With roundabout construction underway on Hebron Avenue, Glastonbury’s Physical Services staff wanted to provide some educational resources to help residents feel more comfortable navigating the new road design. The Hebron Ave. / New London Tpke. roundabout is now open and operational. Because this roadway is new to the community, we’ve outlined some essential rules of the road to help residents get accustomed to the roundabout system. These rules can be summarized as outlined below, with additional information here.
For more information about the Hebron/New London Tpke. roundabout, click here. To view updates on the Hebron Ave. / House St. roundabout to be constructed in Spring 2018, click here. We've also included some helpful resources and FAQs further down this page.
There are many articles and videos available to help you feel more comfortable navigating a roundabout. We’ve compiled the following list which may be of most value to Glastonbury residents:
- Guidance for Motorists from CT Department of Transportation
- Guidance for Pedestrians from CT Department of Transportation
- Guidance for Bicyclists from CT Department of Transportation
- Safety Benefits Brochure from DOT
- Video – Roundabout Basics
- Video – Driving Tips for Roundabouts
- Video – Yield, Enter, and Exit
Responding to Resident Feedback
Since the roundabout opened to traffic, we’ve received some resident feedback that we would like to address in order to help everyone feel more at ease with safe navigation. Please take a moment to review the information below. Additional information can be found on the town website at www.glastonbury-ct.gov/roundabout, or you can contact the Physical Services Department at (860) 652-7735.
There are so many cones and signs, it’s difficult to know where to go!
In its current state, the roundabout lanes are formed with cones and temporary signage but it’s important to remember that this is a work in progress. Cones are currently in place to mark both the lanes and the center island of the roundabout. Temporary signage has also been placed to help motorists and pedestrians navigate travel paths and crosswalk areas respectively. In the coming months, these cones and temporary signs will be replaced with raised splitter islands and permanent signage to help motorists and bicyclists navigate the roundabout safely from entry to exit. Additionally, permanent brick crosswalks with signage and intermediate islands of refuge will be constructed at each approaching street of the intersection to allow safe pedestrian passage.
While the roundabout is in the construction phases, temporary signage and pavement markings, have been installed to indicate where pedestrians can safely cross. Upon completing construction, each approaching street will have a clearly marked crosswalk for safe pedestrian passage. These crosswalks will be constructed out of contrasting brick pavers and will be further defined by appropriate signage and pavement markings. National and international experience has shown that roundabouts provide a greater degree of safety for crossing pedestrians as compared to signalized intersections. By having a center island of refuge pedestrians only need to cross one direction of traffic at a time.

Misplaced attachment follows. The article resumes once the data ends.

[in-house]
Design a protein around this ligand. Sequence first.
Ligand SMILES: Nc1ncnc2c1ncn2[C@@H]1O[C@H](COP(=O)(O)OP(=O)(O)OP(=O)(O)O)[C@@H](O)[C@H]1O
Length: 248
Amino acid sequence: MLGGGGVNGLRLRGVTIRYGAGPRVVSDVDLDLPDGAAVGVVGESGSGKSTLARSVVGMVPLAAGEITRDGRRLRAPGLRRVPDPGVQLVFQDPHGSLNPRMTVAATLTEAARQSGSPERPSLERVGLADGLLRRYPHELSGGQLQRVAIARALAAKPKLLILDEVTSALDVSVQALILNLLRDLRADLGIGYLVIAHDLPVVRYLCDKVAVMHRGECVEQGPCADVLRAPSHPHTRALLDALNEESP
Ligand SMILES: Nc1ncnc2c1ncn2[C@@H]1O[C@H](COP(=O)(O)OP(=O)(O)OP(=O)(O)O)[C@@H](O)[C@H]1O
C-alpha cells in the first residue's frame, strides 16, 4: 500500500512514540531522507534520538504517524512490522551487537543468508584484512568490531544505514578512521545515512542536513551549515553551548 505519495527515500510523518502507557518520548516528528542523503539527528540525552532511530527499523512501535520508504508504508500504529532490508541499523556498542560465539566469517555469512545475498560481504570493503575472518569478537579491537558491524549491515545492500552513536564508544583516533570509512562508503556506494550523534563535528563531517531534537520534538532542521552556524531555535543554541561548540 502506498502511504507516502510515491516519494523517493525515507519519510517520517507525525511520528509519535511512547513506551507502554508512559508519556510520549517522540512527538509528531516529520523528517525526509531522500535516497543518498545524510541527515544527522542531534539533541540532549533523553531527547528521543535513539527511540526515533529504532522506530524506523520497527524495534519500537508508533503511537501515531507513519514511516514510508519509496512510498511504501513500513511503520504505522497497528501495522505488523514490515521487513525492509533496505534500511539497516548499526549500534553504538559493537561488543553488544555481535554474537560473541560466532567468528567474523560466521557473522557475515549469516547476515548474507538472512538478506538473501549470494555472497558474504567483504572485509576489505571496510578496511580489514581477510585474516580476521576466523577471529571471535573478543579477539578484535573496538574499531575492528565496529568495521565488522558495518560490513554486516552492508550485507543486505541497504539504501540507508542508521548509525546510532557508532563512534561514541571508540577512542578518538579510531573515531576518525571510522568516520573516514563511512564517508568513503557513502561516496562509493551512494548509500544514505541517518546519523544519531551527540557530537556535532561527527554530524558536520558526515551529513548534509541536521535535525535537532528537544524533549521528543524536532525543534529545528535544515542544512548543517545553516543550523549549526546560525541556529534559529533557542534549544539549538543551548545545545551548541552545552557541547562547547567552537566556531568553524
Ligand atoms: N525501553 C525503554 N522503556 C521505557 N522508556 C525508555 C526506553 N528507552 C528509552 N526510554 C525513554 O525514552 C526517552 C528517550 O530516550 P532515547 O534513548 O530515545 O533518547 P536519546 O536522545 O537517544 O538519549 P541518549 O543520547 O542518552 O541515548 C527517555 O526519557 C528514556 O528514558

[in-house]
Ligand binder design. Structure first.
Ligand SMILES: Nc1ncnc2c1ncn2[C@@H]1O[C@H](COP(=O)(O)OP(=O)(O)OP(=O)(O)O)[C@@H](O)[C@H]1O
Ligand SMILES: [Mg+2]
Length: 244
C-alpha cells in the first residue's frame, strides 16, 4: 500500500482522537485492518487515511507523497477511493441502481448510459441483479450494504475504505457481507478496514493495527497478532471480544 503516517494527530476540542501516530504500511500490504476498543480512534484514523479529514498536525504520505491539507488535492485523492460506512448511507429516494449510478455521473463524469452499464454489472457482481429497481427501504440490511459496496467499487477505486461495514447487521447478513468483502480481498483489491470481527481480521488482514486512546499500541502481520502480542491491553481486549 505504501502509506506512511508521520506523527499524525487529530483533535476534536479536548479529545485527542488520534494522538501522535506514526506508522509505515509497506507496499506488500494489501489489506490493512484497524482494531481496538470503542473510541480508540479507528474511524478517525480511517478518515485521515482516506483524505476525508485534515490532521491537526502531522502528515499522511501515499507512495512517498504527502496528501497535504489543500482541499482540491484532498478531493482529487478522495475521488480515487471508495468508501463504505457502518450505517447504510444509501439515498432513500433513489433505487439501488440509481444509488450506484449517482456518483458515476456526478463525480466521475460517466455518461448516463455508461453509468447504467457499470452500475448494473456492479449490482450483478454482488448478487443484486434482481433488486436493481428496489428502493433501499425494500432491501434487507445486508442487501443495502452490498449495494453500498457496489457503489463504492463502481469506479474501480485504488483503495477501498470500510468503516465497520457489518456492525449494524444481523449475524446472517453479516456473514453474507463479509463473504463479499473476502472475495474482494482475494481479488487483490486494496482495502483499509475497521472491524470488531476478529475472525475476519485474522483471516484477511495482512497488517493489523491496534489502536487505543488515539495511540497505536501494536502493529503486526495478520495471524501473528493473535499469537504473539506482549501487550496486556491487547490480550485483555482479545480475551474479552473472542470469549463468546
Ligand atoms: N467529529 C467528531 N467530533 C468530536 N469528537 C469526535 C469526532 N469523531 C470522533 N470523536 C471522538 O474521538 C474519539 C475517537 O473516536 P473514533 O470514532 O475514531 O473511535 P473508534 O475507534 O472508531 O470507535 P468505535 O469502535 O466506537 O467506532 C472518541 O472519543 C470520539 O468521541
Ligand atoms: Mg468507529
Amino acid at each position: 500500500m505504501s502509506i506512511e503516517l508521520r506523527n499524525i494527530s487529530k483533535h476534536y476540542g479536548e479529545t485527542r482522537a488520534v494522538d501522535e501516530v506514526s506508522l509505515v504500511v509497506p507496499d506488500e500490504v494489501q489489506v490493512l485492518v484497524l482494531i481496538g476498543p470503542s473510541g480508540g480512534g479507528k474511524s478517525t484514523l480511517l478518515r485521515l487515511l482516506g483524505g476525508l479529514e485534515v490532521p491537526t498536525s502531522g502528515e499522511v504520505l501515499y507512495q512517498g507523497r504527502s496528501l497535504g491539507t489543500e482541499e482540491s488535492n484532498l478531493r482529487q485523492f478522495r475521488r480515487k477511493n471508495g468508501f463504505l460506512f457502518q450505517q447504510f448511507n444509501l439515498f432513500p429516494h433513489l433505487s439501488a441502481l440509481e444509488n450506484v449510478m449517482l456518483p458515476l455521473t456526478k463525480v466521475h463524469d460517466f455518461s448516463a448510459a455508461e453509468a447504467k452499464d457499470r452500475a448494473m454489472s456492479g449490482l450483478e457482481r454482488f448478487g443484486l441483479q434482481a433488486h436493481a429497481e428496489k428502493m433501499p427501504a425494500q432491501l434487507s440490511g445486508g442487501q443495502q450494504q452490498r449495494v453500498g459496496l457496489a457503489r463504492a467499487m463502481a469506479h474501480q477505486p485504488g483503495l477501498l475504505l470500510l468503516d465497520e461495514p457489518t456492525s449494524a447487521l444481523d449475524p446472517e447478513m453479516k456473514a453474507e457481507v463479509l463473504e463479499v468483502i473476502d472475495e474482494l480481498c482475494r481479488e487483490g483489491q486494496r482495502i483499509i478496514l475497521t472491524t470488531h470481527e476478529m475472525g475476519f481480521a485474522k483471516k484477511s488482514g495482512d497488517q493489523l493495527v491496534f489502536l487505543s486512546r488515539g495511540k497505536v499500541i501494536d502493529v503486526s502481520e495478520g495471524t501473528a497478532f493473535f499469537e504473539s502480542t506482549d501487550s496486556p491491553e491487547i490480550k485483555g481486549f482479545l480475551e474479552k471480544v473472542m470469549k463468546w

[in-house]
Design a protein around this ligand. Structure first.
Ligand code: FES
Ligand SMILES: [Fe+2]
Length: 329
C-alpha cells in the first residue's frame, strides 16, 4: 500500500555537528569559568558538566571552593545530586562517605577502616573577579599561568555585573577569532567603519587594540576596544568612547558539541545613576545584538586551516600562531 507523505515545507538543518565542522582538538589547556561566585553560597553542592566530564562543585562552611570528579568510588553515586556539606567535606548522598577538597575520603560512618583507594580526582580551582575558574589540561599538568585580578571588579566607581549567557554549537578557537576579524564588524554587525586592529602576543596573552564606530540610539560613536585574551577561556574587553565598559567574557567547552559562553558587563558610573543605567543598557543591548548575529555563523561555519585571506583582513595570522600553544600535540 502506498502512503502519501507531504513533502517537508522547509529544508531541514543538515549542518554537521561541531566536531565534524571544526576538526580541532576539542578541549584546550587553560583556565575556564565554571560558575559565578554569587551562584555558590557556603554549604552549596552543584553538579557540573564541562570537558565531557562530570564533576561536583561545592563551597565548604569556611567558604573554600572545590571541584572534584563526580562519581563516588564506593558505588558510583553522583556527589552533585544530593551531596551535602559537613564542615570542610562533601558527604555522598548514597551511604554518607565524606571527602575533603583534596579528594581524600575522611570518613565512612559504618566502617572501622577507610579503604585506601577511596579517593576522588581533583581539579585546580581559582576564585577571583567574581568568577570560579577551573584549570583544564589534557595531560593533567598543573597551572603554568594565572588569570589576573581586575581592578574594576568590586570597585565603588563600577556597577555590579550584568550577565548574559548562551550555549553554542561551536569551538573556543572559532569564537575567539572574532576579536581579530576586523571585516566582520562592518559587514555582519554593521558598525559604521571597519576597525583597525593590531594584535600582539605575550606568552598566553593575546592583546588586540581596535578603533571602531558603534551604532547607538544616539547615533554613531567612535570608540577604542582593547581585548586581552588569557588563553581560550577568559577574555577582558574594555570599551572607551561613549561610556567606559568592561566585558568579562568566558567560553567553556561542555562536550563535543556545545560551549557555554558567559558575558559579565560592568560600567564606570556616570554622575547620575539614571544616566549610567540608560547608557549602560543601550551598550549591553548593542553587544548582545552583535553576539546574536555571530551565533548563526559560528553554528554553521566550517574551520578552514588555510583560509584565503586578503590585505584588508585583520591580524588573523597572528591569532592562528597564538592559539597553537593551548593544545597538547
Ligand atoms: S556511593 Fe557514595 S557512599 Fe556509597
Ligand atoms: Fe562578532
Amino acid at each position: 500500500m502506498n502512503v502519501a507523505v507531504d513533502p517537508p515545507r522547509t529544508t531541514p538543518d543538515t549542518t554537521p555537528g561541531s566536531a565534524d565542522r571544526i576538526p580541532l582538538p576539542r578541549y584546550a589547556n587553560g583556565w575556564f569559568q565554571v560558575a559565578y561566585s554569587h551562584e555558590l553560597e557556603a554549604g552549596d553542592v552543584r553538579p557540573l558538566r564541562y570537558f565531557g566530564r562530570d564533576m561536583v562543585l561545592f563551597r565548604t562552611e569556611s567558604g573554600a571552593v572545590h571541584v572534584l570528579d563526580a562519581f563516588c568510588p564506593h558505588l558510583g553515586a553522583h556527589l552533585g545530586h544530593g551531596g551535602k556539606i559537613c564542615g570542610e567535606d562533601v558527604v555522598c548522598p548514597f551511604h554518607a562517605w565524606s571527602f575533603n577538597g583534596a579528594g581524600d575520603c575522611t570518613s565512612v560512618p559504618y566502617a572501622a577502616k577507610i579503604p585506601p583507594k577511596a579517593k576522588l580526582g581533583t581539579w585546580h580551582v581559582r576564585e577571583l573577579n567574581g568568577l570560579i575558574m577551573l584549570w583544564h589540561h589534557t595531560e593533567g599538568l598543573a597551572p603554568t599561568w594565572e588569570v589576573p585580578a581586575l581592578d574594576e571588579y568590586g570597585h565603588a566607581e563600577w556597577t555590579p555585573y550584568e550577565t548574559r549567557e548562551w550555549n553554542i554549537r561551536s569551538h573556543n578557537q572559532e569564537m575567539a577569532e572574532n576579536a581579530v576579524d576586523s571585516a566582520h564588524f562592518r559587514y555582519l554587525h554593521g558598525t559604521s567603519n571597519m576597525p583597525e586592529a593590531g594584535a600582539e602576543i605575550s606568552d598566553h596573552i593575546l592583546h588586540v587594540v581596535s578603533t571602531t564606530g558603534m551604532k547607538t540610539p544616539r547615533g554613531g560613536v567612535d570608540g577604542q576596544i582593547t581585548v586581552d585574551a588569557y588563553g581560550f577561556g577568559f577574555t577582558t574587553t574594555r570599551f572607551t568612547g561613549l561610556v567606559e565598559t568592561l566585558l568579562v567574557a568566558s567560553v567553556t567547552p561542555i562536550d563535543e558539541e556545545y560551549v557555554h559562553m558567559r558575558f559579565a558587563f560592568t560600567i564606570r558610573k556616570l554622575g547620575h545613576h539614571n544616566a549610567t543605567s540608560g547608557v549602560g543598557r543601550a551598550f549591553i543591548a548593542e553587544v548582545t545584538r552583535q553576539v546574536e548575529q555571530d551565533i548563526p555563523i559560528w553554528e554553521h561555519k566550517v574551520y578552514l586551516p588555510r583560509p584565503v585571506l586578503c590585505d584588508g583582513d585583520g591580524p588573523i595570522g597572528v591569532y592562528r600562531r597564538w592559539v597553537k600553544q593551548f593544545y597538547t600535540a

Despite the designated crosswalks and permanent signage in progress, it’s important for all drivers to remember to yield to pedestrians at all times. Whether they’re on a standard two way street or crossing a roundabout, motorists and bicyclists should ALWAYS YIELD to pedestrians to protect their safety.
Bicyclists should navigate the road the same way motorists do. In that same vein, motorists should also treat bicyclists the same way they would motorists. As a bicycle-friendly community, it’s essential to share the road, and be mindful of where bicyclists are on our roadways.
When approaching the roundabout, motorists should yield to bicyclists just as they would to other vehicles, and should wait to enter the roundabout until the bicyclist(s) has passed by.
Will a fire truck be able to get through?
Yes. Although the roundabout appears smaller than those you may have experienced before, the Hebron Avenue roundabout is designed to accommodate commercial trucks, fire trucks, and buses. As the construction continues and the aesthetic components of the roundabout are finalized, the room available for larger vehicles will become much more apparent. In addition to the standard vehicle pathway, a mountable brick truck apron, will also be constructed inward of the circulatory roadway. This section provides additional space for larger vehicles to safely traverse the roundabout and also offers an aesthetically appealing look to the roundabout intersection. Trucks are required to follow the same rules as standard vehicles.
We hope you found this information helpful. If you have any additional questions regarding the roundabout at Hebron Avenue and New London Turnpike, please contact the Physical Services Department at (860) 652- 7735 or email@example.com